Saturday, 7 November 2009

Ruby Arrays

An array is a group of values in a certain order. You can mix-and-match what you put in the array (it is all objects with Ruby), including hashes and other arrays.
a = ['one', 2, 3.0]

A quick way to create an array of strings (if each string is a single word) is like this (you can use any matching brackets, or indeed more punctuation):
a = %w(one two three)
# => ["One", "Two", "Three"]

To add an element to an existing array do this:
array << "new element"
You can join two arrays using the addition operator.
b = [4, 16]
c = a + b
# => ["One", "Two", "Three", 4, 16]

Use include? to determine if the given object is in the array. To access an array member use [], or at or fetch. The [] and at methods return nil if the index is out of range, while fetch throws an exception, or a default value of given. A negative index counts back from the end, while a range returns a subset of the array.
ary = %w(zero one two three four five six)
p ary[2]
# => "two"
# => "three"
p ary[-1]
# => "six"
p ary[2..4]
# => ["two, "three", "four"]

Ruby has some very neat tricks with arrays. Want to delete all the elements of an array of hashes that have a body that is nil?
array.delete_if { |x| x.body.nil? }

The delete_if removes from the array any elements that evaulate to true in the block. Note that the delete_if method seems to ignore the convention of naming methods that affect the object itself with an exclamation mark.

The join method concatenates each member of an array into a long string. The supplied parameter is used to separate each item. The * operator does the same.
a = %w(one two three four)
# => ["one", "two", "three", "four"]
a * ', '
# => "one, two, three, four"

map, select and reject
The map method (aka collect) constructs a new array by processing each element in the array as per the block, while select returns a new array containing only those elements where the block evaluates to true. The reject method gives an array for the elements where the block is not true.
people = [
{:name => 'Fred', :age => 19},
{:name => 'Boris', :age => 23},
{:name => 'Mary', :age => 27},

p {|e| e[:name]}
# => ["Fred", "Boris", "Mary"]

p {|e| e[:age] <> [{:name=>"Fred", :age=>19}]

p people.reject {|e| e[:age] <> [{:name=>"Boris", :age=>23},
{:name=>"Mary", :age=>27}]

The sort method will, as the name suggests, sort the array, using the <=> relationship. Alternatively you can supply block to have it sorted by a custom comparison.
people.sort { |a, b| a[:age] <=> b[:age] }
# youngest to oldest

Note that your comparison must return -1, 0, or +1. In this example, I therefore could not use <.

If you use the Enumerable mixin discussed later you also have a sort_by method. This is not as fast to run, but can be quicker to code. In this method, the block determines a value for the element, for ranking purposes. Here is the previous example re-written.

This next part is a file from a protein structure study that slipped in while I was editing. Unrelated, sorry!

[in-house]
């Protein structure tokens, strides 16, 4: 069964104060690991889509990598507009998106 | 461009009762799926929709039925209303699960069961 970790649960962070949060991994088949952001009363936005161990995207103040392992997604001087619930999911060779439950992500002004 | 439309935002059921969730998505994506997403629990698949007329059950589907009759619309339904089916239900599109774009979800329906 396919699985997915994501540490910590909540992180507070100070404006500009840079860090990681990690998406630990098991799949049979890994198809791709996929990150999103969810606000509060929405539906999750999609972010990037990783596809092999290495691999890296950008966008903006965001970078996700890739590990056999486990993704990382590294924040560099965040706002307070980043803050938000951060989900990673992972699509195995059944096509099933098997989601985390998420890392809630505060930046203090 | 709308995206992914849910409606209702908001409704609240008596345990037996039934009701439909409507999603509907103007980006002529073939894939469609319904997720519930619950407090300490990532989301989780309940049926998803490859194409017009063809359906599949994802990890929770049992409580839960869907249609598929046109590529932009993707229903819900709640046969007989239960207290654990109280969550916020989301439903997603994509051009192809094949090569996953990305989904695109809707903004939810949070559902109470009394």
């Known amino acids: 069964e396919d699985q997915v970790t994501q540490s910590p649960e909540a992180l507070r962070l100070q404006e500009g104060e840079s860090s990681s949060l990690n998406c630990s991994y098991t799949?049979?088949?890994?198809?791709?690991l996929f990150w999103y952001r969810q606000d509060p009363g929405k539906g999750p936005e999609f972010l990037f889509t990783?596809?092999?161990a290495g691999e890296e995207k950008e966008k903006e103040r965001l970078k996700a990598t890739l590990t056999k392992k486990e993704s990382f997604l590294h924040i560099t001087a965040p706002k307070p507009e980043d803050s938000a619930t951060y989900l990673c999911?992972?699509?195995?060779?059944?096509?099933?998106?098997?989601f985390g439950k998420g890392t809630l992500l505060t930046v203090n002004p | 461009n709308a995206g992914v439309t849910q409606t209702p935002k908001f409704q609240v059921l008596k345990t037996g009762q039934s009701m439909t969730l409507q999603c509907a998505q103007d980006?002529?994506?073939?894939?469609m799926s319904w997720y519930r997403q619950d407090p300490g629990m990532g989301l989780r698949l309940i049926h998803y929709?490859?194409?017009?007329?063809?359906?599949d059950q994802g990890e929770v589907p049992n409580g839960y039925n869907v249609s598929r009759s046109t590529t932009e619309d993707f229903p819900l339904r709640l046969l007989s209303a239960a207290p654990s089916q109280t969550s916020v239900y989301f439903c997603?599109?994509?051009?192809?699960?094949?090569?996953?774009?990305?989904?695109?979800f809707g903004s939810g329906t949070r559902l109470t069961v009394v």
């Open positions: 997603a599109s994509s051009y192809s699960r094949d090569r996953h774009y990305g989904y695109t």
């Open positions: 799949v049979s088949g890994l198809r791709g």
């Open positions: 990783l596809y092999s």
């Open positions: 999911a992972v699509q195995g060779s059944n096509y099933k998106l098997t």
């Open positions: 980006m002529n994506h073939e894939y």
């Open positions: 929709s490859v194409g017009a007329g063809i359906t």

people.sort_by { |a| a[:age] }

pop and push, shift and unshift
You can use push and pop to add or remove the last element, and unshift and shift to add and remove from the start.
a = %w(one two three)
# => ["one", "two", "three"]
a.push 'four'
# => ["one", "two", "three", "four"]
# => "four"
# => ["one", "two", "three"]
a.unshift 'zero'
# => ["zero", "one", "two", "three"]
# => "zero"
# => ["one", "two", "three"]

Extending Array, part 1
You can, of course, add your own methods to Array. Here are some examples.
class Array

# Shuffle an array
# from
def shuffle
sort_by { rand }
def shuffle!
self.replace shuffle

# Randomly pick one element of the array.
def pick
fetch rand(length)

# Returns a total over each element in the array
# where the value for an element is determined
# by the given block. This example will look
# through an array of hashes
# and return the total of the square of values
# with the key :value
# { |e| e[:value] * e[:value] }
def total &prc
val = 0
each do |e|
val +=

# Returns an element that best fits the criteria
# given by the block. This example will look
# through an array of hashes and return the element
# with the highest value with the key :value
# ary.find_best { |x, y| x[:value] < y[:value] }
def find_best &prc
best = fetch(0)
each { |e| best = e if yield(best, e) }

# Returns the elements of the given array as
# string with each element listed
# in the form "one, two and three".
def list
join(', ').reverse.sub(' ,', ' dna ').reverse

Extending Array, part 2
Another way to extend Array is to "mixin" the Enumerable module.
class Array
include Enumerable

This has several interesting methods (and also some that are already in Array). Use any? and all? to determine if at least one element evalauates to true on the block, or all of them do.
a = %w(one two three)
a.any? {|e| e.length == 5}
# => true
p a.all? {|e| e.length == 5}
# => false

You can find an element in an array using find (aka detect). This method returns the first element for which the block evaulates to true. The method takes an optional parameter, this is returned if no element is found that fits.
people.find { |e| e[:age] == 23 }

The inject method combines each element of the array.
total_age = people.inject(0) { |memo, e| memo += e[:age] }
# => 69

The supplied parameter is the initial value (in this example, zero). This is technically optional, but going to be necessary in most cases (including this example) for the calculation to work in the first iteration. The memo is the ongoing value, so the increment is added to this.


Struggling with Ruby: Contents Page